Seattle Center: As Seen by Its Employees

People-watching, snowcones, and why it really sucks when you plug up the toilets.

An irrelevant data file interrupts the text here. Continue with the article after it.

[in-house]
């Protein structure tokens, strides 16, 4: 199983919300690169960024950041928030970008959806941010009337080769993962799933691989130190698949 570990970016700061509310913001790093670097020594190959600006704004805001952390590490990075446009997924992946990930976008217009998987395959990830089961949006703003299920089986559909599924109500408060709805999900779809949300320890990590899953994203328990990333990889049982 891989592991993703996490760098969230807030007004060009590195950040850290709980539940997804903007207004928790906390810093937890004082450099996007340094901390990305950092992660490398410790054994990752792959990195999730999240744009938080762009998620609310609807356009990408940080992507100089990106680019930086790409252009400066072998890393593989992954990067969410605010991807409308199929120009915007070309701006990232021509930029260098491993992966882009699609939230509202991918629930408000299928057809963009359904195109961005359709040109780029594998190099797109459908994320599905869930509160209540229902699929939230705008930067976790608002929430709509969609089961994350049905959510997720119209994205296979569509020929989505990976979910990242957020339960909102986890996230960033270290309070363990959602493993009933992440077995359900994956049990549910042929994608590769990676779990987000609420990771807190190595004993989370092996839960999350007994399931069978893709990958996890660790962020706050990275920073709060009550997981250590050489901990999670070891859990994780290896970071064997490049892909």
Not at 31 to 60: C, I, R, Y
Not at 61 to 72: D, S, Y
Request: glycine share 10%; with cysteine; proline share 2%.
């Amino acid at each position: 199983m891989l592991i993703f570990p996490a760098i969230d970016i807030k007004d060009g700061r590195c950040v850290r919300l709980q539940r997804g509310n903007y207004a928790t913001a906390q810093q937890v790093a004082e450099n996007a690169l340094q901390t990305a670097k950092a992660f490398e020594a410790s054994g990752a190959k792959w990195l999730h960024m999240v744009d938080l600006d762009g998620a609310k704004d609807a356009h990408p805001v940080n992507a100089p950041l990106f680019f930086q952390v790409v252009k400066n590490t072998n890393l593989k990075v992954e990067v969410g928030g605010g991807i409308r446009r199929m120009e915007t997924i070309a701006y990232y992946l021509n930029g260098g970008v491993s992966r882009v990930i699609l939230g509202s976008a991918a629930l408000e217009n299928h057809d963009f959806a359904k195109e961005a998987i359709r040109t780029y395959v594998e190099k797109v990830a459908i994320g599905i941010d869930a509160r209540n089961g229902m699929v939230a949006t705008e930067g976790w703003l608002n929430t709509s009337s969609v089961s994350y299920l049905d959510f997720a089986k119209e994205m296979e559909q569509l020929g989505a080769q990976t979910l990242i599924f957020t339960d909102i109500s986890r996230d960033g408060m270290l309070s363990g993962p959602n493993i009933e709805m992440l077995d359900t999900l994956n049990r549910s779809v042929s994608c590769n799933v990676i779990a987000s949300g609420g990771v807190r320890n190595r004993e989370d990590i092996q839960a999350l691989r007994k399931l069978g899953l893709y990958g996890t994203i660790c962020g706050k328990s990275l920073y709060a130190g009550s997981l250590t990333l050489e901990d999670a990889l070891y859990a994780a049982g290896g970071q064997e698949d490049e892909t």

Ever look at event staff and think they're lucky because they get paid to see all those great concerts and hang out backstage? Think again. SW caught up with buskers and Seattle Center employees to get the inside scoop on Bumbershoot from the folks who hold it together. Bryan Lee: Employee of Scoops ConcessionsHow's the crowd at Bumbershoot? Do they go wild for your snowcones?I've worked here for a little more than a year, and the crowds definitely are a little wilder at Bumbershoot.What's the most memorable performance you saw last year while working Bumbershoot?I remember seeing the awesome Wu-Tang Clan show. But I only had 15 minutes because we're so busy, and it was during my break. I'm a fan of the Clan, though.Any tips for the food lovers at Bumbershoot?If you want to get cotton candy, ours at Scoops is a little more expensive, but you get a whole lot more for it.*****Suat Eygi: Rice-writing artist, buskerHow do you write things on a tiny grain of rice?In my home country, Turkey, I was an air-traffic controller, and I worked with very tiny electric circuits. Writing on the rice came easily after that. I've written things like "Rumpelstiltskin" or "supercalifragilistic."What's the longest/weirdest word you've written on rice during Bumbershoot?Last year, I did "Fergalicious." I can't remember other years. I've been here for seven Bumbershoots.What do you do during Bumbershoot when you're not working?I watch the music from right here, but I keep pretty busy. It's fun to watch the people because there's such a difference between the types at different festivals. Sometimes people are dancing very crazily, and that's the best.*****P.J. Prim: Saxophonist, buskerHow long have you been playing the saxophone during Bumbershoot?Around 12 years now.Have times changed since you started?It's gotten a lot more crowded. And there are a lot more street performers out for Bumbershoot, so the competition is intense. But I don't have time to scope out the competition. It doesn't bother me.Do you compete with the event's performers for crowds?Nah, usually people are just walking by. And sometimes I actually play along with what I can hear in the background.*****Daniel Nelson: Games Agent for Seattle CenterHow many Bumbershoots have you seen in your time at Seattle Center?I've worked through two Bumbershoots already. This is a pretty cool summer job.Any memorable moments?When Kanye West played the mainstage at last year's Bumbershoot, the passes ran out really quickly. People were so desperate that my supervisor hustled his off two for 80 bucks. Normally they're free! Oh, I've also seen girls walking around in pasties—and nothing but pasties.*****Susan Roberts: Sketch artist, buskerSusan, how long have you been working during Bumbershoot?I think I've done 25 years of Bumbershoot.Wow, that's a long time. Any great memories?The first Bumbershoot I ever did, Jimmy Buffett was here, and the festival was free. I didn't work that hard back in those days—back in '76—so I got to see a few performances. Jimmy Buffett was really, really cool...That wild piano guy, Keith Jarrett, played too. I remember he stood up and pointed at someone who was talking in the audience. He told them to shut up.*****Kevin Case: Seattle Center custodianHow many Bumbershoots have you worked?This will be my fourth Bumbershoot. I wish it was my last.Why so negative? Is Bumbershoot that bad?It's hell. It's always hell in the Center House during Bumbershoot. Crowds all over, rest rooms backed up, trash cans overflowing!But doesn't seeing free live music make the hard work better?Well, on my designated break times I'll go wander around, but I'm too busy otherwise.If the bathrooms are so busy, where is the best top-secret place to relieve oneself during Bumbershoot?Definitely the third-floor rest room of the Center House.music@seattleweekly.com

 
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